Although Section 382(l)(5)(A) preserves the use of NOLs after an ownership change, there are several significant drawbacks. First, the pre-change losses and excess credits are recalculated as if no deduction was permitted for interest paid or accrued by the old loss corporation on debt that was converted into stock under a title 11 case for the part-year in which the change occurs and the three prior years.5 Second, usually when determining cancellation of indebtedness income, where corporations transfer stock to creditors to satisfy the debt, the corporation is treated as satisfying the debt to the extent of the stock’s fair market value. However, where the Section 382(l)(5) bankruptcy exception applies, the corporation does not account for indebtedness for interest paid or accrued during the year of change and the three prior years.6 Third, if there is a second ownership change during the following two-year period, the second change does not qualify for the Section 382(l)(5)(A) exception and the Section 382 limit is zero.7 Last, the stock must be transferred to a creditor in satisfaction of indebtedness, which was either held by the creditor for 18 months before the title 11 proceedings or are ordinary-business-trade creditors.8
The Taxpayer in this PLR seems to have received a unique result because it arguably received the benefits of the Section 382(l)(5) bankruptcy exception without any of the associated drawbacks. Under the PLR, the Taxpayer was allowed to avoid the Section 382 limitation because the IRS found there was no ownership change as a result of the IRS determination that the interests the creditors might receive are not "stock" for Section 382 purposes.
We note that bankruptcy scenarios are typically analyzed under Section 382(l)(5). Here, however, because of the complex litigation present in the Taxpayer’s facts, the nature of the assets held, and the depressed financial markets that the Taxpayer is subject to, it was apparently sufficiently unclear as to the exact interest in the Taxpayer that the creditors were receiving when the Plan was confirmed. Thus, the IRS may have assumed that, since the interest was unclear, no stock was conveyed and therefore, a traditional Section 382(l)(5) analysis was not required.
1 Unless otherwise stated, all references to "Section" are to the Internal Revenue Code of 1986, and all references to "Treas. Reg. Sec." are to the Treasury Regulations promulgated thereunder.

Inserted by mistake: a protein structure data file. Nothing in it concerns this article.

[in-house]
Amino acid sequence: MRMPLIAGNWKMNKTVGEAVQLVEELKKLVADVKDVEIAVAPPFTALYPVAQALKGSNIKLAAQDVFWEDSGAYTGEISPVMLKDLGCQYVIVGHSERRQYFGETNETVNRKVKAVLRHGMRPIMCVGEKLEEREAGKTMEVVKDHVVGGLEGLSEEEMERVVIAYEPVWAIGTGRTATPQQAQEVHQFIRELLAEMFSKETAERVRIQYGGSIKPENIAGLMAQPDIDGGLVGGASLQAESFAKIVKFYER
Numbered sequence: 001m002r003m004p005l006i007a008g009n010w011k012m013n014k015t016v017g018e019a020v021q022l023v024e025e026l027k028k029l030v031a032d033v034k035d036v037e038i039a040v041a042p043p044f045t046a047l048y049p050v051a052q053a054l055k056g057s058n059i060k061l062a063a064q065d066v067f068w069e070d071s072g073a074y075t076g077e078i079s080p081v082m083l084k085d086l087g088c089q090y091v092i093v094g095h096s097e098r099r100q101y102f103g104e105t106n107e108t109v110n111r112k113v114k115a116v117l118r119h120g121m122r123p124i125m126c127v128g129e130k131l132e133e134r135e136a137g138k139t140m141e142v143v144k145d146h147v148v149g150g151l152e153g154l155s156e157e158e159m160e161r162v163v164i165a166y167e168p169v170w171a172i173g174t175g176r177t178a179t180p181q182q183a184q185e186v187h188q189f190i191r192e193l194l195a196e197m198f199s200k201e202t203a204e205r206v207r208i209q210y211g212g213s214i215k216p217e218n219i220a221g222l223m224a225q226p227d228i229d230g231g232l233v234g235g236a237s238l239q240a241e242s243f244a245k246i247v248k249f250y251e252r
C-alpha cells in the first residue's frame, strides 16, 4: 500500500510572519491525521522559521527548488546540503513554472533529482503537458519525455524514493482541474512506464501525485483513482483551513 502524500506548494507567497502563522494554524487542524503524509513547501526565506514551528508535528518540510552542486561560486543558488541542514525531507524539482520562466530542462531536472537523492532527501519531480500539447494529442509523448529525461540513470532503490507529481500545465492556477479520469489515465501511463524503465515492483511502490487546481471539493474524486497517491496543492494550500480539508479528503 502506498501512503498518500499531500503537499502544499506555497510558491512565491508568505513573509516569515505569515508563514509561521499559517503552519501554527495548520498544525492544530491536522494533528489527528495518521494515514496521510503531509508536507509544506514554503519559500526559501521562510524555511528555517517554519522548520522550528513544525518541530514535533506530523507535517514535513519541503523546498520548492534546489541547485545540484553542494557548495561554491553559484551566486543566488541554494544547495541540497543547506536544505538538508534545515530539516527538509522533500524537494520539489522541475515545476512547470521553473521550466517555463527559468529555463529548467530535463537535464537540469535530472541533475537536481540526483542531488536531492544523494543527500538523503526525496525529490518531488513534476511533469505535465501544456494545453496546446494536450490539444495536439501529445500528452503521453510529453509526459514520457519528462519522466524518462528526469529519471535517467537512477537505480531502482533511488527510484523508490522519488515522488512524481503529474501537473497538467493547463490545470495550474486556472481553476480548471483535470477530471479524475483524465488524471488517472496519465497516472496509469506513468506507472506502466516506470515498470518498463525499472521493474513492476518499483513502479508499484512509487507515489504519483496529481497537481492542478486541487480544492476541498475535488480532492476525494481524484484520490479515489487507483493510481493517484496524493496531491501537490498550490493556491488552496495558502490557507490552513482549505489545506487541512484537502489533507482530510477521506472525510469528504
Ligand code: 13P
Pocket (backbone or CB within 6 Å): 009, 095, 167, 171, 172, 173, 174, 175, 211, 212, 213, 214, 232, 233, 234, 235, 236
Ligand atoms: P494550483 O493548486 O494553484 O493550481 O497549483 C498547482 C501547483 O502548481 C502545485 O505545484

2 The Section 382 limitation is a formulaic calculation that is basically equal to the product of the value of the loss corporation (subject to certain adjustments) and the long-term tax-exempt rate. The long-term tax-exempt rate is published on a monthly basis by the IRS and can be found in IRS publications, including the Internal Revenue Bulletin. Taxpayers are required to use the long-term tax-exempt rare for the month in which the ownership change occurs when calculating their Section 382 limitation for any ownership change.
3 IRS released PLR 201228023 on July 13, 2012.
4 Treas. Reg. Sec. 1.382-2T(f)(18)(iii).
5 Section 382(l)(5)(B).
6 Section 382(l)(5)(C).
7 Section 382(l)(5)(D).
8 Section 382(l)(5)(E).
Todd Reinstein and Joshua Goldstein
Joshua Goldstein is a law clerk, resident in Pepper’s Washington, D.C. office. He is not admitted to practice law.
The material in this publication was created as of the date set forth above and is based on laws, court decisions, administrative rulings and congressional materials that existed at that time, and should not be construed as legal advice or legal opinions on specific facts. The information in this publication is not intended to create, and the transmission and receipt of it does not constitute, a lawyer-client relationship. Internal Revenue Service rules require that we advise you that the tax advice, if any, contained in this publication was not intended or written to be used by you, and cannot be used by you, for the purposes of (i) avoiding penalties under the Internal Revenue Code or (ii) promoting, marketing or recommending to another party any transaction or matter addressed herein.
View the PDF version